The U.S. Equal Employment Opportunity Commission



BOSTON -- The U.S. Equal Employment Opportunity Commission (EEOC) today announced the settlement of an age discrimination lawsuit against the Commonwealth of Massachusetts, its Public Employees Retirement Administration Commission, and the Massachusetts Teachers' Retirement Board, on behalf of all state, local, and municipal employees who have been discriminated against in applying for accidental disability retirements under the Massachusetts public retirement system.

Noting that the Supreme Court recently cut off the right of individual employees to sue states under the Age Discrimination in Employment Act (ADEA), EEOC Chairwoman Ida L. Castro said, "The scope of this settlement should put all state employers on notice that the EEOC will continue to monitor states closely to ensure compliance with the ADEA and protect workers from age bias regardless of whether they are employed in the private or public sectors."

The settlement, which extends back to October 16, 1992, will provide accidental disability retirement pensions to all those otherwise eligible who were either denied or discouraged from applying for these pensions solely because their ages exceeded the Commonwealth's maximum age limitations. In addition, the Commonwealth has agreed to pay double damages to all those who qualify for relief under the settlement. The total amount of the monetary relief is open ended and will be determined only after all of the retirement applications have been processed.

The settlement brings to a close years of litigation in which the EEOC sued the Commonwealth repeatedly for its retirement system's violations of the ADEA. Shortly before the settlement was approved by U.S. District Judge Richard G. Stearns of the District of Massachusetts, the Commonwealth amended its retirement statute to delete those provisions that discriminated on the basis of age.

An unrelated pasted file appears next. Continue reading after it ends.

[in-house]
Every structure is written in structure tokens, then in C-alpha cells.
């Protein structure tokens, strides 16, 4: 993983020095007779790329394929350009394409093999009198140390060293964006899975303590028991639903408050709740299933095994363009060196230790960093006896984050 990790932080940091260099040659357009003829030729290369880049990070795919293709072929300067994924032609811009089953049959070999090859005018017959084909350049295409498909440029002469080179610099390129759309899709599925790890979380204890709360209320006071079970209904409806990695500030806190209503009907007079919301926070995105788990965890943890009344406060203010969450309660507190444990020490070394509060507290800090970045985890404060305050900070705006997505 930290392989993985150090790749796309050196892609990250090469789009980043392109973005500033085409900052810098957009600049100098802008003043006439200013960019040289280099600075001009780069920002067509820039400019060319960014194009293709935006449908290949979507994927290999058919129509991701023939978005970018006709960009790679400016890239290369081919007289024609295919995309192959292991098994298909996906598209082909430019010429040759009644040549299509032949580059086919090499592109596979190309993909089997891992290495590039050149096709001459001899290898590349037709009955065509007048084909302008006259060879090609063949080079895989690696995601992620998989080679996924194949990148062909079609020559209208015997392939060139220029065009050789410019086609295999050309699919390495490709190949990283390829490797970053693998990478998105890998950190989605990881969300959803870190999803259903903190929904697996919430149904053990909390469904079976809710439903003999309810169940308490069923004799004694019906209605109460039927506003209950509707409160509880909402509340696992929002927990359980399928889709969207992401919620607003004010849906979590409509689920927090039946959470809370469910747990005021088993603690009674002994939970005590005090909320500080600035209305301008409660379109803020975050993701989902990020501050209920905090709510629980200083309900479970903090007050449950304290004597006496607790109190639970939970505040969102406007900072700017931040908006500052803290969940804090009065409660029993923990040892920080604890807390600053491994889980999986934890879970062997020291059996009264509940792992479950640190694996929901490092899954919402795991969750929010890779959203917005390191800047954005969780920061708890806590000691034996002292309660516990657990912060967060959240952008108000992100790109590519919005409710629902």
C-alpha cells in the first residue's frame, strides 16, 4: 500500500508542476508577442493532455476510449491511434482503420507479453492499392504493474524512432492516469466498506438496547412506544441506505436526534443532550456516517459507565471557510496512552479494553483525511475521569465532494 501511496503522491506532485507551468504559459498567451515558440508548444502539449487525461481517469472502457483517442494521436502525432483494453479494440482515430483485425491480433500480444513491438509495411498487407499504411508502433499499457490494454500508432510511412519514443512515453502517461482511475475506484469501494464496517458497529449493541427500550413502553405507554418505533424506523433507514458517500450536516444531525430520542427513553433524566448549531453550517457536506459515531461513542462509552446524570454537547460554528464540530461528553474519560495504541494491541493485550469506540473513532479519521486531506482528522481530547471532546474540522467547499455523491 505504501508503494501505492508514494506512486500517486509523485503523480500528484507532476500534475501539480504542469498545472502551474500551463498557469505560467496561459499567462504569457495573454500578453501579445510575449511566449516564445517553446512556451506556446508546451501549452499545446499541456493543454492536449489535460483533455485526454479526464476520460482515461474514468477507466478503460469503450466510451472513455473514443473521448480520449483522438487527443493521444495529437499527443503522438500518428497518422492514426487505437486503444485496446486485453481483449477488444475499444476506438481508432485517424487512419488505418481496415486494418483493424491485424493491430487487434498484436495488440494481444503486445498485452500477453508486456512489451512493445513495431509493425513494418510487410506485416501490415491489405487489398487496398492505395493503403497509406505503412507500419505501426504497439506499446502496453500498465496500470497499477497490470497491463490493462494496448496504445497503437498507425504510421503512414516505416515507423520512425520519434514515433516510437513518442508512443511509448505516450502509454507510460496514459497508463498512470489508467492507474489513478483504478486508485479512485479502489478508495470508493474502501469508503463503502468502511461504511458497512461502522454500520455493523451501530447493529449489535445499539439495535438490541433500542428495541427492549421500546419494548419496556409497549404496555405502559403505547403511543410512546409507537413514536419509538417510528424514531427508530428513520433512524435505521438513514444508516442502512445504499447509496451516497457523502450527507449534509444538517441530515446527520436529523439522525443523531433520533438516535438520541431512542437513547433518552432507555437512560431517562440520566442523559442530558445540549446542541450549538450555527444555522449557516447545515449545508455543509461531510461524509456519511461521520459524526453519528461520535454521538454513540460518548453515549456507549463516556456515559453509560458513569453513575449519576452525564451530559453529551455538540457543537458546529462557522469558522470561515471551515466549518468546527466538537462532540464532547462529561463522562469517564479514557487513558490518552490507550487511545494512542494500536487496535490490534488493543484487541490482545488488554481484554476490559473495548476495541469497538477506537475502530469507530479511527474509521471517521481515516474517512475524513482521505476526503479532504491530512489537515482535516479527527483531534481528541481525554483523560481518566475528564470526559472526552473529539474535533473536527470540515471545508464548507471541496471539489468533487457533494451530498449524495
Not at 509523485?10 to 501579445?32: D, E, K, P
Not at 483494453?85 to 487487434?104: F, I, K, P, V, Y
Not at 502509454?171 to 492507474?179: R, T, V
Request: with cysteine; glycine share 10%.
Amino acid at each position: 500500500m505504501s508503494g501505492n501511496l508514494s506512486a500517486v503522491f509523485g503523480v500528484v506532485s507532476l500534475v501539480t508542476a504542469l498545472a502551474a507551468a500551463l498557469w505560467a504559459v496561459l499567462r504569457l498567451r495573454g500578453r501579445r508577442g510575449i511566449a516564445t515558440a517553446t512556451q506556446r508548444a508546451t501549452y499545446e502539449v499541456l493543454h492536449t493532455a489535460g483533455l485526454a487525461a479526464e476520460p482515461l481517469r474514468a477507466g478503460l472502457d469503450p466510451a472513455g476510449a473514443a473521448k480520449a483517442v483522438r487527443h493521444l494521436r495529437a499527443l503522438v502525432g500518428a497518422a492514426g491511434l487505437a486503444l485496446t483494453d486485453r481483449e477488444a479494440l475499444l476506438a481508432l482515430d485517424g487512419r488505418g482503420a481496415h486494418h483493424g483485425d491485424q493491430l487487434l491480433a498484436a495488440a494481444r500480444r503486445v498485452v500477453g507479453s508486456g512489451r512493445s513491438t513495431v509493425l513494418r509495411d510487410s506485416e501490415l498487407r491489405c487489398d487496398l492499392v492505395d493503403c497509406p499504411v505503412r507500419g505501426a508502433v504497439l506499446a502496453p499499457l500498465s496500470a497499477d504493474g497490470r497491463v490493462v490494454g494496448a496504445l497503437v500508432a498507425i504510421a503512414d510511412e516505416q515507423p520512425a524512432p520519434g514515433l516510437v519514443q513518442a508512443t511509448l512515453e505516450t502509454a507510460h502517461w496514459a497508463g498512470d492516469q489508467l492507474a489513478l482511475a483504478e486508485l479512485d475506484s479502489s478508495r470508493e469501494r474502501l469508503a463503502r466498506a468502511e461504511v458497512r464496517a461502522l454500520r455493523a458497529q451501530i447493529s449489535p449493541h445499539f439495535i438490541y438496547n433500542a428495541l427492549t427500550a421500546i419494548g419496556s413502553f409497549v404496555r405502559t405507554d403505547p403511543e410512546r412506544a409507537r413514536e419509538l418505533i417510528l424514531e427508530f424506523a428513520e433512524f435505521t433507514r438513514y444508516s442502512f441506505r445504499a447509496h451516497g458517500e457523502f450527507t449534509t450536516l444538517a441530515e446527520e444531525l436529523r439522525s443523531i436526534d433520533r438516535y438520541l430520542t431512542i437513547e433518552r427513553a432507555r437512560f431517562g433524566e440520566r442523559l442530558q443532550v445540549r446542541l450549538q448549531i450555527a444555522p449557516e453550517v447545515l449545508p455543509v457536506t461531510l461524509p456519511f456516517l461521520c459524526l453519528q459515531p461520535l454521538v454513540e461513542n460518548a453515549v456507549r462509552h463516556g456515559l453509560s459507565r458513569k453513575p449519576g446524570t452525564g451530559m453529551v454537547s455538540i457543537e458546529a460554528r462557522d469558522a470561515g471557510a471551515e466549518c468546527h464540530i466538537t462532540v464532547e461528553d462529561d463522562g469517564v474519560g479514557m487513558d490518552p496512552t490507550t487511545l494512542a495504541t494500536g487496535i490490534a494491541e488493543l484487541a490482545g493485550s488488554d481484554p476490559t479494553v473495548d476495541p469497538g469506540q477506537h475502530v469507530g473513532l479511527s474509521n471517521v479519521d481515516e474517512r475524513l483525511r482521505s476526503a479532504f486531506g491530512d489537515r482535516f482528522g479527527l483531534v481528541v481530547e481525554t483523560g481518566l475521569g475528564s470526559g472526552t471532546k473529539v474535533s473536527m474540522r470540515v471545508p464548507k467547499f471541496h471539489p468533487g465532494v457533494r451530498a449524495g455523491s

"We are pleased that the Commonwealth has amended its statute and settled this case with full relief for all those affected by age discrimination," said EEOC General Counsel C. Gregory Stewart. "The settlement makes clear that employers must allow older workers to apply for and receive post-employment benefits without limitations based on their age."

EEOC's lawsuit, filed on June 9, 1999, charged the Commonwealth with discriminating on the basis of age in preventing employees who exceeded certain ages from applying for accidental disability retirement pensions. On January 27, 2000, Judge Stearns ruled that the Commonwealth and the other defendants had violated the ADEA and he entered an order permanently enjoining the Commonwealth from enforcing the unlawful age limitations.

Since 1989, the EEOC has successfully filed several lawsuits against the Commonwealth, alleging that the retirement system discriminated against persons because of their age. In 1990, Judge Rya W. Zobel of the U.S. District Court held that the system's policy of not allowing persons age 70 and older to increase their retirement pension through employment past age 70 discriminated against older workers. In 1993, the U.S. First Circuit Court of Appeals held that the policy of requiring employees age 70 and older to take an annual physical exam at their own expense to continue working discriminated against older employees. In 1996, the First Circuit held that the Commonwealth again violated the ADEA by preventing persons age 65 and older from joining the Commonwealth's retirement system.

"This is an important case that, we hope, will bring to a close the efforts of the New York District Office and the Boston Area Office of the EEOC to bring the Commonwealth's retirement system into compliance with the ADEA," said Katherine Bissell, Acting Regional Attorney of the EEOC's New York District Office, who was responsible for prosecuting this case with Markus Penzel, an attorney in the EEOC's Boston Area Office. "We would like to commend the efforts of the Office of the Massachusetts Attorney General to both resolve this case promptly and fully, and to work with the legislature in amending the statute."

In addition to enforcing the ADEA, which protects individuals who are 40 years of age or older, the EEOC enforces Title VII of the Civil Rights Act of 1964, which prohibits employment discrimination based on race, color, religion, sex or national origin; the Equal Pay Act; prohibitions against discrimination affecting individuals with disabilities in the federal sector; sections of the Civil Rights Act of 1991; and Title I of the Americans with Disabilities Act, which prohibits discrimination against people with disabilities in the private sector and state and local governments. Further information about the Commission is available on the agency's web site at

This page was last modified on August 11, 2000.

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